Charles "Kid" McCoy
  There are several stories about the origins of the term "the real McCoy". It simply means that if you or an object are the real McCoy, there is nothing phony or fake about you or it. You are the real deal. One story claims that the term originated with a distiller named McCoy during prohibition who made good quality liquor. His booze was the real McCoy. Another story gives the credit to Charles "Kid" McCoy. McCoy was born on October 13, 1872. He got his nickname "Kid" because he started prize fighting as a teenager. McCoy fought for 25 years and was married 9 times. He is considered by many experts to be the greatest light heavyweight fighter that ever lived. McCoy developed the "corkscrew" punch. It was famous for the cutting damage that it did to the other fighters faces. He was known for trickery and unpredictability in the ring. McCoy would do things like fake illness before a fight and put out the word to the press that he would not be up to par. Sometimes he would claim that he had not properly trained for the coming fight. When he got in the ring he would fight like his old self and defeat his opponent.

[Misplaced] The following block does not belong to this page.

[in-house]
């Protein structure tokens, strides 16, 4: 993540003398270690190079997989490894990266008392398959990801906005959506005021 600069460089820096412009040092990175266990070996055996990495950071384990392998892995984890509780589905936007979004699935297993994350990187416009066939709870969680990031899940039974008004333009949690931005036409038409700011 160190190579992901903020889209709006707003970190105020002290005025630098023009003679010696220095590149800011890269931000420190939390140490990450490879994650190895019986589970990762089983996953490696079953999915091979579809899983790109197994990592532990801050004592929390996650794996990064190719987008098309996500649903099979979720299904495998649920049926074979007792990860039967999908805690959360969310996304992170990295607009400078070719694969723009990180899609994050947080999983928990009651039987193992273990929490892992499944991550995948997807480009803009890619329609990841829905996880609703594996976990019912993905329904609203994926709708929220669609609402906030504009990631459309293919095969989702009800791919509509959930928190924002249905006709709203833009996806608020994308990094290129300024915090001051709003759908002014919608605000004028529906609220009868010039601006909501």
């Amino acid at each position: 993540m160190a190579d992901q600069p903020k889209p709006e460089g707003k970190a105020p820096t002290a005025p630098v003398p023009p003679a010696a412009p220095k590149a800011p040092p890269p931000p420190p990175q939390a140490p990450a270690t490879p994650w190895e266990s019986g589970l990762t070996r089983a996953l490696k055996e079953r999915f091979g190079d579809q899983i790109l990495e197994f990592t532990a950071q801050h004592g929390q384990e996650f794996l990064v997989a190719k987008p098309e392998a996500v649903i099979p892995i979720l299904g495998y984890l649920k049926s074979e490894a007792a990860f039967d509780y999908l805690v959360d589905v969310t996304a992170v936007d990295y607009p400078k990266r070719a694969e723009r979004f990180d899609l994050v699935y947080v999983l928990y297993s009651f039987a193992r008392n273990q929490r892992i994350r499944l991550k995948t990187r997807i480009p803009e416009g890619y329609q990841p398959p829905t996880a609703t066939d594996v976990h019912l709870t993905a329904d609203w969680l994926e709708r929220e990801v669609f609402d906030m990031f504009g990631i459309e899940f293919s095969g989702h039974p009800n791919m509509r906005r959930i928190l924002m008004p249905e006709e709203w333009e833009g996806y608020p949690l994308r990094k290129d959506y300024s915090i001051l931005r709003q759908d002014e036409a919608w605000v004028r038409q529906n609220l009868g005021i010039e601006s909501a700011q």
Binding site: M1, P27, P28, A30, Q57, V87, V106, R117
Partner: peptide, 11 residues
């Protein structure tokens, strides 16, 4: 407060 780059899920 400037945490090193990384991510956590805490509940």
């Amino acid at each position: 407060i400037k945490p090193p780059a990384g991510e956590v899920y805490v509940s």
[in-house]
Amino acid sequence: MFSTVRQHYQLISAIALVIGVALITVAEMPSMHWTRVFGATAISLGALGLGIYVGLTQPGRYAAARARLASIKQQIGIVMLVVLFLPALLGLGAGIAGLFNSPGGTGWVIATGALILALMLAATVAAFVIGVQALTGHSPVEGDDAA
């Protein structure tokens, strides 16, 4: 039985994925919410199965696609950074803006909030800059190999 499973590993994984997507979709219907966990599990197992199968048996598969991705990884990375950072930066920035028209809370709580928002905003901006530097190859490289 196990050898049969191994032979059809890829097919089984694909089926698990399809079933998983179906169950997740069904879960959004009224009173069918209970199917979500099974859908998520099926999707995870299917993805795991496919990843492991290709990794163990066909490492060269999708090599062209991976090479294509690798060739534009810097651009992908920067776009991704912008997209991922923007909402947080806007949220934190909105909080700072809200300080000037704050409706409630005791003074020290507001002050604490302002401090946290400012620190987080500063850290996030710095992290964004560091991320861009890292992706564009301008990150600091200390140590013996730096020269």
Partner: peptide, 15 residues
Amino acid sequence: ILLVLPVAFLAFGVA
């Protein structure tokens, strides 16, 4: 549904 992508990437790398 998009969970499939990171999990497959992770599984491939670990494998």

Reporters would ask him after the fight if this was the "real McCoy"? He would tell the story about the night that he was in a bar having a drink with a lady friend. A man accosted the lady and McCoy told him to leave her alone. He continued bothering her and McCoy warned him again saying "I'm "Kid" McCoy. The man replied "yeah, and I'm George Washington". McCoy knocked the man out with one punch. After about ten minutes the man came to his senses, rubbed his eyes and said "Jeez, it was the real McCoy". Upon retirement from boxing he tried acting for awhile but this didn't work out. He began having an affair with a wealthy antique dealer named Theresa Mor who was married. She fell in love with McCoy and filed for divorce from her husband. Mor was found shot to death in the apartment that she shared with McCoy. McCoy claimed that her death was an accident but he was convicted of manslaughter and served ten years in San Quentin prison. He was a model prisoner and once while working on a road gang he saved the life of a pilot who crashed nearby. As a result he became good friends with the warden. He was released in 1932 and went to work for the Ford Motor Company but on April 18, 1940 he was found dead after taking an overdose of sleeping pills just before he was to be married for the tenth time.

McCoy in later years


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